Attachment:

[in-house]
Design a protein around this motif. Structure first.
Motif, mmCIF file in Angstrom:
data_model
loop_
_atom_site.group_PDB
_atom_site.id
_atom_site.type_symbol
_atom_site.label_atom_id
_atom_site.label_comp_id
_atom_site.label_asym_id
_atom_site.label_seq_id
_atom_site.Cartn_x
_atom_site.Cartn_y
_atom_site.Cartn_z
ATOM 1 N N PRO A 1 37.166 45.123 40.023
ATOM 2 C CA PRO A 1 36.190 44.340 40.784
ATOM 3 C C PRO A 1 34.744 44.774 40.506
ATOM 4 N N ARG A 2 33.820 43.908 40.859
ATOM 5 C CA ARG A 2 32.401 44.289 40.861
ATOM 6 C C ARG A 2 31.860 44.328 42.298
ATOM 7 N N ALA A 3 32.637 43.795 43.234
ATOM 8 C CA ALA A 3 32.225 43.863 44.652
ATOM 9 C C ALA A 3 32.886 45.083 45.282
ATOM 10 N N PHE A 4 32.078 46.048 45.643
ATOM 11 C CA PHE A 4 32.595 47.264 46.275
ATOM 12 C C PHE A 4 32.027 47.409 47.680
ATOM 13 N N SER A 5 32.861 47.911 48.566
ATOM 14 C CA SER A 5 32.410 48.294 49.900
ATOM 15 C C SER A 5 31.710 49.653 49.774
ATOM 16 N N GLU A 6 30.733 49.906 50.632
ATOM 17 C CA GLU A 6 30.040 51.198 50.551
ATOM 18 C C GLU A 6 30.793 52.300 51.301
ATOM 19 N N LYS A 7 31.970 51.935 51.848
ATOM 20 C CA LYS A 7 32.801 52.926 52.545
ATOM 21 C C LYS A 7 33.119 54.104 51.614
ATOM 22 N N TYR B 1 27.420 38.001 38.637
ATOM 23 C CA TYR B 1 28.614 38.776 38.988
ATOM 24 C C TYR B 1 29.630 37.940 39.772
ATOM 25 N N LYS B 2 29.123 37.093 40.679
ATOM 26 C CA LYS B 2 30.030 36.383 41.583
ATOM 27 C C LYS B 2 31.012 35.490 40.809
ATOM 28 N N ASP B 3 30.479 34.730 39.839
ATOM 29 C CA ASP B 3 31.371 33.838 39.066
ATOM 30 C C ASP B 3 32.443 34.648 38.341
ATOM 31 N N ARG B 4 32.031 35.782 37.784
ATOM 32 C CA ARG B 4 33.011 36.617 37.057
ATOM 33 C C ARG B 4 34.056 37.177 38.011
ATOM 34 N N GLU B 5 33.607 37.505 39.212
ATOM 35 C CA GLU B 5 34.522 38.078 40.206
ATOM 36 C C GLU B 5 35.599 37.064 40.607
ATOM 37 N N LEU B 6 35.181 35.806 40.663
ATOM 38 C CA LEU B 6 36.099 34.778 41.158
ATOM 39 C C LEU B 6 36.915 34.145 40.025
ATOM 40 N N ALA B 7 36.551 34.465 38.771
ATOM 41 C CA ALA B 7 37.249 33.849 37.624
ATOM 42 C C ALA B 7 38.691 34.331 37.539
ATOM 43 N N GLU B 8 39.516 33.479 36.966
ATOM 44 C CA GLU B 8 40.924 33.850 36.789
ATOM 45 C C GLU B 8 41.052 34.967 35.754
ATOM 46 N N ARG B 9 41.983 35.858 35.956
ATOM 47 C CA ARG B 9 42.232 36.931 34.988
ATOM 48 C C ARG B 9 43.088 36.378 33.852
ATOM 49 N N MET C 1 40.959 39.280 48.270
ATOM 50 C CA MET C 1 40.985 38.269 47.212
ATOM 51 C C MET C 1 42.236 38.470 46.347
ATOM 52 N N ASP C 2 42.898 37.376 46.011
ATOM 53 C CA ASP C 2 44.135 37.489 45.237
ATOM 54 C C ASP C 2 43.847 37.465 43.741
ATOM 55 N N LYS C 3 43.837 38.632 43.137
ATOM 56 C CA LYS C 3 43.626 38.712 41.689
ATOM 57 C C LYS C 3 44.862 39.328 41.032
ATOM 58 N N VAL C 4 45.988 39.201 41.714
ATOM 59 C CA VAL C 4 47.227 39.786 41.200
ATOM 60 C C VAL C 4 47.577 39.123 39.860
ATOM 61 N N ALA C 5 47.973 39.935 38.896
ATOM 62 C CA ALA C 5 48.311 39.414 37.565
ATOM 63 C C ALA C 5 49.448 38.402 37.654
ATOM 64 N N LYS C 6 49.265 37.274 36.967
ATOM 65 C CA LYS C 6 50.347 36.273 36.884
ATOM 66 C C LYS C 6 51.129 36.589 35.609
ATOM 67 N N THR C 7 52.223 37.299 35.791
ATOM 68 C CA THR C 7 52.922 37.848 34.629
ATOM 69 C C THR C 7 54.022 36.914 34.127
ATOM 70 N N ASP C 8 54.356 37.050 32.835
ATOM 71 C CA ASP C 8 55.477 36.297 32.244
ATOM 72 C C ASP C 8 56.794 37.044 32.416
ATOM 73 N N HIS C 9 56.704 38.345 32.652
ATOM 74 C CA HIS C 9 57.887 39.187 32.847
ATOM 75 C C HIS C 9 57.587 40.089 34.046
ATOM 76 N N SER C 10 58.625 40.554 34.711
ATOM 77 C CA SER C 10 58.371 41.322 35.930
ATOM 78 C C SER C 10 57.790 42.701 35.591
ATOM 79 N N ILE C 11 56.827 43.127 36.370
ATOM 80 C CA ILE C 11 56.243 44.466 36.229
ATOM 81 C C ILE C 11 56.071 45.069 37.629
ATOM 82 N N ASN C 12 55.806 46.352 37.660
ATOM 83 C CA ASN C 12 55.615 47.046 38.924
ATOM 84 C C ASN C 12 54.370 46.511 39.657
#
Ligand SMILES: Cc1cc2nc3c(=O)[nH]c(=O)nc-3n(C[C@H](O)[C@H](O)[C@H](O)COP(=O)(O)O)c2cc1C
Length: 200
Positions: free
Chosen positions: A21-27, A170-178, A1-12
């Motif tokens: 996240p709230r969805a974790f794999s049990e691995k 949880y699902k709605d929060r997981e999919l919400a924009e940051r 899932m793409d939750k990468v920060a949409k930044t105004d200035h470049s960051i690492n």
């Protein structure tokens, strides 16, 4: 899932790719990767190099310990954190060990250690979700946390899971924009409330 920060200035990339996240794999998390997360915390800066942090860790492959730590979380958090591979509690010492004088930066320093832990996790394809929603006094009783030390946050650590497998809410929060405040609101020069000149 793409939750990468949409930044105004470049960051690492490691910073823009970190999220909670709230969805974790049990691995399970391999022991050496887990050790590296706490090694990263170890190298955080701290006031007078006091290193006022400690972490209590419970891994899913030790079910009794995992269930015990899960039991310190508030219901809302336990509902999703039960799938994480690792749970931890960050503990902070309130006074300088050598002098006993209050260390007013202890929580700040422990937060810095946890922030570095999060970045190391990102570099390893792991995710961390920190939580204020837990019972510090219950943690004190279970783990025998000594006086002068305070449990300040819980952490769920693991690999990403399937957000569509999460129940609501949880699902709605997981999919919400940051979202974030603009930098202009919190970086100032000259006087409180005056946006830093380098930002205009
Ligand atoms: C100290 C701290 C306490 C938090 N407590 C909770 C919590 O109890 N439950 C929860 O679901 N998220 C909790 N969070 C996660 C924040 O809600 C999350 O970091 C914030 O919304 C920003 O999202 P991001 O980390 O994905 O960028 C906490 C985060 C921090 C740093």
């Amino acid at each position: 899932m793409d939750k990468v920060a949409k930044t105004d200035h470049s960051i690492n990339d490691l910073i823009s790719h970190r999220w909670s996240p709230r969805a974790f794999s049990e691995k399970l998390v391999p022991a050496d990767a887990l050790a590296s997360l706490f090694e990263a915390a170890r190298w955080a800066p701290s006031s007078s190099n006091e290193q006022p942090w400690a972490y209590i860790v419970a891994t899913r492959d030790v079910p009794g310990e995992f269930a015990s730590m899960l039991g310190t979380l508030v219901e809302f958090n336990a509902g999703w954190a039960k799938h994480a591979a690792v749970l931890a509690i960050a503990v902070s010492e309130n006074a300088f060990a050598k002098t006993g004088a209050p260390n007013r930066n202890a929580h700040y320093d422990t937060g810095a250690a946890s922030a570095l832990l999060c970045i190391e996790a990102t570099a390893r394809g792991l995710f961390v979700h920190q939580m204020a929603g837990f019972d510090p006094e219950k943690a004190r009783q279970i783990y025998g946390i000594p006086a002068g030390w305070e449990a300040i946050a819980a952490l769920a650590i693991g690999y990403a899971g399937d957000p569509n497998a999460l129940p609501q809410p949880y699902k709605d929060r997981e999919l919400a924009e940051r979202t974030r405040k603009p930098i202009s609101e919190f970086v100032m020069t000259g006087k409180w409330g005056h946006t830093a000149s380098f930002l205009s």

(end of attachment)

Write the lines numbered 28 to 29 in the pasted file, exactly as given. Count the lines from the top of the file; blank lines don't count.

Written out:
ATOM 13 N N SER A 5 32.861 47.911 48.566
ATOM 14 C CA SER A 5 32.410 48.294 49.900